There’s a lot of investment momentum surrounding robotics right now. A record number of robots were shipped to North American companies last year, with more non-automotive organizations such as food, consumer goods and life science companies installing robots than ever before. In fact, U.S. robot density is now more than double that of China, with the U.S. manufacturing industry reaching a density of 200 robots per 10,000 employees. Just last year, the global industrial robotics market was valued at $18 billion USD, and by 2024 the market’s projected to hit $41 billion.

Coupled with this momentum comes continued consumer anxiety about robots and their threat to (human) jobs. Robots have already permeated a variety of industries, replacing roles like that of the switchboard operator, film projectionist or toll collector. However as autonomous technology grows more advanced, the threat of robots replacing a higher volume of more nuanced jobs increases. Unsurprisingly, findings from Pew Research indicate that 72 percent of Americans are very or somewhat worried about a future where robots are capable of performing many human jobs.

Product Proliferation and Consumer Anxieties Have Created a Hype Storm

Aggressive investment growth and widespread concern about robots replacing humans has led many to believe autonomous systems are a lot further along than they really are. Complicating matters further, the makers of autonomous systems are at risk of losing sight of the original vision of robots helping humans do more. Rather than focusing on immediate, specific use cases, many robotics companies toil away building massive autonomous technology platforms that are too broad and all-encompassing, promising (unrealistically) to serve as a general-purpose platform for a wide range of future applications.

Prioritizing Immediate Needs and Industries Requiring Disruption is Key

To realistically deliver on the original vision of robotics, we need to focus less on the exciting and fear-mongering media headlines and instead prioritize building products that solve an immediate market need, help humans do their jobs better, and can be delivered today.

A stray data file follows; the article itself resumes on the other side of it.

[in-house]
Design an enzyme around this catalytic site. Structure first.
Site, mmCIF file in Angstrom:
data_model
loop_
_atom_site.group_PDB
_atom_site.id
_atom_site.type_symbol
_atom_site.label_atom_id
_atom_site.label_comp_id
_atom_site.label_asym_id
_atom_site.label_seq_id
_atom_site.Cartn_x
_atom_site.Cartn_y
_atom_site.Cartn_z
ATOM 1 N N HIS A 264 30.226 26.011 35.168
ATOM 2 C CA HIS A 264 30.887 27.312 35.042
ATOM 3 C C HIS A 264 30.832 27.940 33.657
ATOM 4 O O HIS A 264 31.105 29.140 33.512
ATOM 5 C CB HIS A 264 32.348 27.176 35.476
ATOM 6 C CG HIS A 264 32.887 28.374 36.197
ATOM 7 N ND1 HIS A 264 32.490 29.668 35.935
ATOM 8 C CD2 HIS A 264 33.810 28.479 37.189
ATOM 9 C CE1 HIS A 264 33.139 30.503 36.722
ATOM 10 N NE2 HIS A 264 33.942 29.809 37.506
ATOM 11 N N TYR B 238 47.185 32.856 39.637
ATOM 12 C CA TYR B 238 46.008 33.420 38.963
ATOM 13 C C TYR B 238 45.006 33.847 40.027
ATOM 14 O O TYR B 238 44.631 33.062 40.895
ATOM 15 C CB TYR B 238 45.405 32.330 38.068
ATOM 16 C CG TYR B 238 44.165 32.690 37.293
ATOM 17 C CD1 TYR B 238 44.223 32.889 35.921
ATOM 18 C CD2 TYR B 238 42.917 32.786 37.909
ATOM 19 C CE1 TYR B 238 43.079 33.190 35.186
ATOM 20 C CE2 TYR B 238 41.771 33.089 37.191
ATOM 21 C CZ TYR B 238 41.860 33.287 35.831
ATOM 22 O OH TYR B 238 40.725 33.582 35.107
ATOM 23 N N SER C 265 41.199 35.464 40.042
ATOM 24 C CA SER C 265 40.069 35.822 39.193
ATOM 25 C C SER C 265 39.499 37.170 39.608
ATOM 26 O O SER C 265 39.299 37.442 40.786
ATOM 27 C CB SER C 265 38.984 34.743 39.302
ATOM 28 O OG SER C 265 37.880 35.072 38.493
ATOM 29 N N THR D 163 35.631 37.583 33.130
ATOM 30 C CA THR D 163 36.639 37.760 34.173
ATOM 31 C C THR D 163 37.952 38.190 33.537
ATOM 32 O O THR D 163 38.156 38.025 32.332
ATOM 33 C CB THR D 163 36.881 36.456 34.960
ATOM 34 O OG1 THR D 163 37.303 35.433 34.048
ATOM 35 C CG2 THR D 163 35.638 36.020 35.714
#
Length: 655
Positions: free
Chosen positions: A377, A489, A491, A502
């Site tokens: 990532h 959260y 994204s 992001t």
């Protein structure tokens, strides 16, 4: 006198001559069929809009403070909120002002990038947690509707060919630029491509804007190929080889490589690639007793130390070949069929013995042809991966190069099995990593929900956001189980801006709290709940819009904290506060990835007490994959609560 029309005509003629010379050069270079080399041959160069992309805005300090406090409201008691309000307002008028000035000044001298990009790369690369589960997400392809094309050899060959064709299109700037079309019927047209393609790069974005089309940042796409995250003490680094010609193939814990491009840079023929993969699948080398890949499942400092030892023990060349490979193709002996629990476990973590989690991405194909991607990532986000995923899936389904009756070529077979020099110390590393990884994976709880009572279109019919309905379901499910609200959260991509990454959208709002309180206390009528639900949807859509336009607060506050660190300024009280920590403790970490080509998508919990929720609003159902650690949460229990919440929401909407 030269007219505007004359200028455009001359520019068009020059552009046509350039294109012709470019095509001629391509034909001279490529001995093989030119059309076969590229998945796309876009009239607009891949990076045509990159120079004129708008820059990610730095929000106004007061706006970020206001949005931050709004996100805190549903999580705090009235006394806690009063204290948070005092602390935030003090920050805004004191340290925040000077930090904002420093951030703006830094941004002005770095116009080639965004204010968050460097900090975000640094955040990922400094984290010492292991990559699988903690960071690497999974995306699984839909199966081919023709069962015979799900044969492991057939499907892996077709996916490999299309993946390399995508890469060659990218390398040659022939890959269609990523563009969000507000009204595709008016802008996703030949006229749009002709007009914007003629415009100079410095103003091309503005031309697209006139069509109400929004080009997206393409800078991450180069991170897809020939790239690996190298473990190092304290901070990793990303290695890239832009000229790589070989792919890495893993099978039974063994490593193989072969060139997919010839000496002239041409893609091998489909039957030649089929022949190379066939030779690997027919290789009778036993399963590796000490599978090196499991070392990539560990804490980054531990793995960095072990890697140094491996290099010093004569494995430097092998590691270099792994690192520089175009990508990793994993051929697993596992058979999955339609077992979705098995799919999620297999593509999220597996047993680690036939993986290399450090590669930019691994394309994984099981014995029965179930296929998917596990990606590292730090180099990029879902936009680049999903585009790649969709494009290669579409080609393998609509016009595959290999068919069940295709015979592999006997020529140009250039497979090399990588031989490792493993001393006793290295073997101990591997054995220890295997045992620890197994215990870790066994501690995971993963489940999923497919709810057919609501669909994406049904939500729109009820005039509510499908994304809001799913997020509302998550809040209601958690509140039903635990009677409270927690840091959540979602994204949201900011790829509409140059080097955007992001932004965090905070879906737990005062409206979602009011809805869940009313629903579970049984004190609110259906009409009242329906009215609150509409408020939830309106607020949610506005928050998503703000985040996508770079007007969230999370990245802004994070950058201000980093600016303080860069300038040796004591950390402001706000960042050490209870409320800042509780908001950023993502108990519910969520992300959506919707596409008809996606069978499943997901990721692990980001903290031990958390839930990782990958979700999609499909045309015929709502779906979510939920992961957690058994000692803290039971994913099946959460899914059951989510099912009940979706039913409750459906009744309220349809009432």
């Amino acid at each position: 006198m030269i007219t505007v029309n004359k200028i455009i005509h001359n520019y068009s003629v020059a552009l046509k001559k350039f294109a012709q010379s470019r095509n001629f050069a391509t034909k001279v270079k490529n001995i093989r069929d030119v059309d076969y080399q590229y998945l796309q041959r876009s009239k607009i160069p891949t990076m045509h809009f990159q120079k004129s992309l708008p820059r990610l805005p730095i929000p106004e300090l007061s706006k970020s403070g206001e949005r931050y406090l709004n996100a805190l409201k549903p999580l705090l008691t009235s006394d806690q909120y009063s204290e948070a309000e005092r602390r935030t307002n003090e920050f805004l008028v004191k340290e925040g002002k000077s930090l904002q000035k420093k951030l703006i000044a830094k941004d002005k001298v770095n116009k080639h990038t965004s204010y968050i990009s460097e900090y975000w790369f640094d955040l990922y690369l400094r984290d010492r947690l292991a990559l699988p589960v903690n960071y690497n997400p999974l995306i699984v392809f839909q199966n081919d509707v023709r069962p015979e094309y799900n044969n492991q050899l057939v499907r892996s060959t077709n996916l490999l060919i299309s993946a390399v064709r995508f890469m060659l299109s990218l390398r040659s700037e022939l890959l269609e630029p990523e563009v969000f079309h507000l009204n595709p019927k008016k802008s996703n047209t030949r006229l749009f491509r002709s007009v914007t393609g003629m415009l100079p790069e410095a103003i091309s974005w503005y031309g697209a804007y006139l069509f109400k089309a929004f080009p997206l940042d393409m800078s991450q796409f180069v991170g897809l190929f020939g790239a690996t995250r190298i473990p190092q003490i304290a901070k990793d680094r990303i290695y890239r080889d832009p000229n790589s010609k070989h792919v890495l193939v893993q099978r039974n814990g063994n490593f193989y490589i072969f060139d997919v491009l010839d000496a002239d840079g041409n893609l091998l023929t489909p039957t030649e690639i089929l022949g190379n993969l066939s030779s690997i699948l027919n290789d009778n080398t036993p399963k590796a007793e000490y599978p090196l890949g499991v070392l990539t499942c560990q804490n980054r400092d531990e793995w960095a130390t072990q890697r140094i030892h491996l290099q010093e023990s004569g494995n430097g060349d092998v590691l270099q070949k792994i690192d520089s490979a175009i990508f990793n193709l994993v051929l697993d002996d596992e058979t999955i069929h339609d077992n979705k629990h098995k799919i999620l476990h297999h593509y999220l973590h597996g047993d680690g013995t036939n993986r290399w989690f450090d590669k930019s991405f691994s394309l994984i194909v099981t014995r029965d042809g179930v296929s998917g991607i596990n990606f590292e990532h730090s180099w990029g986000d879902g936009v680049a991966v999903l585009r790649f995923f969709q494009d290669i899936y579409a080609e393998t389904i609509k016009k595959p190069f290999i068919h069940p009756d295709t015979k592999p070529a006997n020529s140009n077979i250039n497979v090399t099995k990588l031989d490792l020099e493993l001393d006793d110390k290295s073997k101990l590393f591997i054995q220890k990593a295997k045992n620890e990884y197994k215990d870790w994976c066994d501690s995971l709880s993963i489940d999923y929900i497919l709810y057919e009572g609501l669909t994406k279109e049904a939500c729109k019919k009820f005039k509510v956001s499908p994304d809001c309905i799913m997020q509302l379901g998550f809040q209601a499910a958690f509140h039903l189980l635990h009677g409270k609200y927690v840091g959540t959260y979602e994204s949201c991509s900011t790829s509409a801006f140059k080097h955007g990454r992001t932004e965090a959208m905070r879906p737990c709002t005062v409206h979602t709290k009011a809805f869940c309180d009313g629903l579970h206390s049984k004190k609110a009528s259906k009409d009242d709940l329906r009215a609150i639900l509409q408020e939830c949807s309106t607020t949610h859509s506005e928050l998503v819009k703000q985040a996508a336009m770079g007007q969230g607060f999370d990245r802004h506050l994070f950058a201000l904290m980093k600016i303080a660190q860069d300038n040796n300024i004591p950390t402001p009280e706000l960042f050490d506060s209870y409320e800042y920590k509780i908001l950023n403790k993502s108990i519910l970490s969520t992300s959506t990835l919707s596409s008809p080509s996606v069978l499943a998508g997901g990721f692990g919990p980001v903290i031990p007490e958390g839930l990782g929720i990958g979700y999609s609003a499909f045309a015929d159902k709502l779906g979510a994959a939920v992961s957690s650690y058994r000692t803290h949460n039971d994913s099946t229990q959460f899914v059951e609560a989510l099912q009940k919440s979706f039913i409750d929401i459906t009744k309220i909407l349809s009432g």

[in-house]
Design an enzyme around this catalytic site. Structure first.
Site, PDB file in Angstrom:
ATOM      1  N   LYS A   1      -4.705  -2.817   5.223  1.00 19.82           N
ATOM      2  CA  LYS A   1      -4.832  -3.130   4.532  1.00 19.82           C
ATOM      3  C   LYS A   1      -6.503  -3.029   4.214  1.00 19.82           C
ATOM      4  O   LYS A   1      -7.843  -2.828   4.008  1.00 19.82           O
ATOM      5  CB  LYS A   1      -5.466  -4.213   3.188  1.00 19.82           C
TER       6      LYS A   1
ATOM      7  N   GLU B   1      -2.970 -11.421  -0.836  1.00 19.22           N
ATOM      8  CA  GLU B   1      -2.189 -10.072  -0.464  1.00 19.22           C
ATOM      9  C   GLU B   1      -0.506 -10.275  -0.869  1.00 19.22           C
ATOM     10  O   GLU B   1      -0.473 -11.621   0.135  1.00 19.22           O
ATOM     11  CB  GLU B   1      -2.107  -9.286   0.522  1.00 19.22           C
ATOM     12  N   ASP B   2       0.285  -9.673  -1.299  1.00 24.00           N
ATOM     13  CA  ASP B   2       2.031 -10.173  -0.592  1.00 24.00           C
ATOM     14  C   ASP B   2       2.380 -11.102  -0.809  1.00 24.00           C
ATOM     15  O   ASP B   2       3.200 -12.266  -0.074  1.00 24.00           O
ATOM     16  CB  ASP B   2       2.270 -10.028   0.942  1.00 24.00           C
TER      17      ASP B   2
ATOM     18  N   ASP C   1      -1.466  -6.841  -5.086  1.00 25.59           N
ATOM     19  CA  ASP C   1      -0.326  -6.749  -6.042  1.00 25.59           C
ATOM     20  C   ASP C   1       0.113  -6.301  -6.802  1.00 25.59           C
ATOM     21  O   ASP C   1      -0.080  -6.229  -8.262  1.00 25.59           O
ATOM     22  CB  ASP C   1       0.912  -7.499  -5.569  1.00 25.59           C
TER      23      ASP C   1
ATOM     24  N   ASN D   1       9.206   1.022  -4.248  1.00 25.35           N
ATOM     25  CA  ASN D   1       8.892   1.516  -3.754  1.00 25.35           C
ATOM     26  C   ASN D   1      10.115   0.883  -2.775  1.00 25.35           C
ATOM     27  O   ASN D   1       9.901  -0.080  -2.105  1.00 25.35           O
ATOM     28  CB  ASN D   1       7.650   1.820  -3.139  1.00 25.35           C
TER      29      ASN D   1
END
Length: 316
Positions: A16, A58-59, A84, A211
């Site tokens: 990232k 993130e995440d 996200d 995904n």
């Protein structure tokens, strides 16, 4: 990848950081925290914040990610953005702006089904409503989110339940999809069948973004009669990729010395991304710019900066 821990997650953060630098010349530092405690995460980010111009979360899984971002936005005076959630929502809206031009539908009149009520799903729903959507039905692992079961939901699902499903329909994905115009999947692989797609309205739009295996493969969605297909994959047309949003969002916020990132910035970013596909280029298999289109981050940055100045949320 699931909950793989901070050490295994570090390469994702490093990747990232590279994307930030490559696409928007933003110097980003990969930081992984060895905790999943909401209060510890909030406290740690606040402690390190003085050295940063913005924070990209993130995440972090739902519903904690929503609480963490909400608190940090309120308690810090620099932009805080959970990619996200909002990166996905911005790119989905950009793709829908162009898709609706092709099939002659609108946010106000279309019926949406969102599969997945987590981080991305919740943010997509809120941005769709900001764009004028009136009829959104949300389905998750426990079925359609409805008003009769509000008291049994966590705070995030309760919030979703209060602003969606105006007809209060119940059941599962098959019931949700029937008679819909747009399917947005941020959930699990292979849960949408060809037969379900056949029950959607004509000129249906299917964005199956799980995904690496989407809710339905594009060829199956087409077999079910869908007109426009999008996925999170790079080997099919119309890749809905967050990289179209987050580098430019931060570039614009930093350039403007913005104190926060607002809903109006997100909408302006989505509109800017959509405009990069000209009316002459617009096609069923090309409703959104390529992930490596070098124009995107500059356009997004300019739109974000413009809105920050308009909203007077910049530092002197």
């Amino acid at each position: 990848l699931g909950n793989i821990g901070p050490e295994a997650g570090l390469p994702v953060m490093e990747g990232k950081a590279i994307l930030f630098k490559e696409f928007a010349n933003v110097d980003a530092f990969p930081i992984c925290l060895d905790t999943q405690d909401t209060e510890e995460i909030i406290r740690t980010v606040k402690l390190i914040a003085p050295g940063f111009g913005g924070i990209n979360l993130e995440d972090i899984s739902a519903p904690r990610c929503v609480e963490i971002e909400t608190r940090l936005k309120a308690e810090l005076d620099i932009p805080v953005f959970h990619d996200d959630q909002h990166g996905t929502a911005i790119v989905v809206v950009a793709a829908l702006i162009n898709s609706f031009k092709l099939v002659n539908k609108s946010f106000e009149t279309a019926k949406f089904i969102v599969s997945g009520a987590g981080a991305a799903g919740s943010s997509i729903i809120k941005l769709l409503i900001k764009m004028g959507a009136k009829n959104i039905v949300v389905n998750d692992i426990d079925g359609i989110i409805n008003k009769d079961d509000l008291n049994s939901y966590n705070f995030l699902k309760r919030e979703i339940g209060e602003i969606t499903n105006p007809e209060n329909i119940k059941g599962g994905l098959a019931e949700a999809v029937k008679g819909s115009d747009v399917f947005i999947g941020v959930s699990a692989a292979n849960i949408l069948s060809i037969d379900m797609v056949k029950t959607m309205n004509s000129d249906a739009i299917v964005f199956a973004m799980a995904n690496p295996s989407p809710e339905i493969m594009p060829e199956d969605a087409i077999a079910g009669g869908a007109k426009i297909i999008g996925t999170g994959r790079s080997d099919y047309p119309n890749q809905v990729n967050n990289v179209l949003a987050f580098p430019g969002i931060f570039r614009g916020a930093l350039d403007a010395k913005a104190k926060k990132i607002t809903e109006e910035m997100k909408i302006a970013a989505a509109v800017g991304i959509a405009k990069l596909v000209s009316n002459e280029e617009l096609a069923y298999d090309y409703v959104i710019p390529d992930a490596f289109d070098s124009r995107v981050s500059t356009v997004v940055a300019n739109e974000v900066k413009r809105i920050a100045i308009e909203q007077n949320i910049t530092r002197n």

A perfect example of a company doing just that is Avidbots, a Canadian startup bringing concepts inherent to autonomous vehicles to the far more tractable challenge of automated commercial floor cleaning. Already servicing millions of square feet within hospitals, airports, schools and warehouses, Avidbots has deployed hundreds of its Neo floor-cleaning robots in 14 countries. Neo helps workers and employers by doing a dull, backbreaking and inefficient janitorial task that humans don’t want to do. Unlike most cleaning robots that follow a set path, Avidbots’ fully-autonomous robots use AI to learn about their environments as they clean, mapping buildings dynamically to avoid obstacles and determine the best routes. Through a sophisticated web app, Neo also provides custodial teams with detailed analytics to optimize cleaning processes, quality and coverage. In addition to cleaning large-scale public spaces such as malls and airports, Neo also operates in areas that restrict human access, like factory floors or power plants.

What’s particularly special about Avidbots is that the company designs and deploys its robots from the ground up, rather than attempting to retrofit legacy cleaning machines based on decades-old designs. With an underlying ability to autonomously navigate with high precision, Neo could also be used as a platform to deliver other services onto the same chassis. In fact, automated floor cleaning is just the start of what Avidbots’ systems can deliver; future product expansion will address other commercial and industrial pain points.


Avidbots Neo

How Next47 is Helping Advance the Avidbots Mission

We at Next47 are committed to helping advance the robotics industry so that humans are positively impacted within their lifetime. In addition to participating in Avidbots’ recent $24 million Series B, we’re leveraging the power of our ecosystem by introducing Avidbots to facility management customers in the U.S., supporting market entry outside of the U.S., assisting with supply chain challenges, and exploring financed rental models — all in our first 90-day sprint working together.

Automating Everything Isn’t the Answer

The truth is, we can’t and don’t want to boil the ocean and automate everything. The key, then, is better focusing our collective robotics efforts by finding critical pain points that can be addressed through automation and building products that customers can use and will pay for today. Furthermore, given the need to ensure such focused value delivery, a full stack, non-retrofitted approach is most often the winning robotics strategy. As such, we’re thrilled to support Avidbots in its mission and look forward to sharing more from our portfolio companies that are committed to helping humans do more.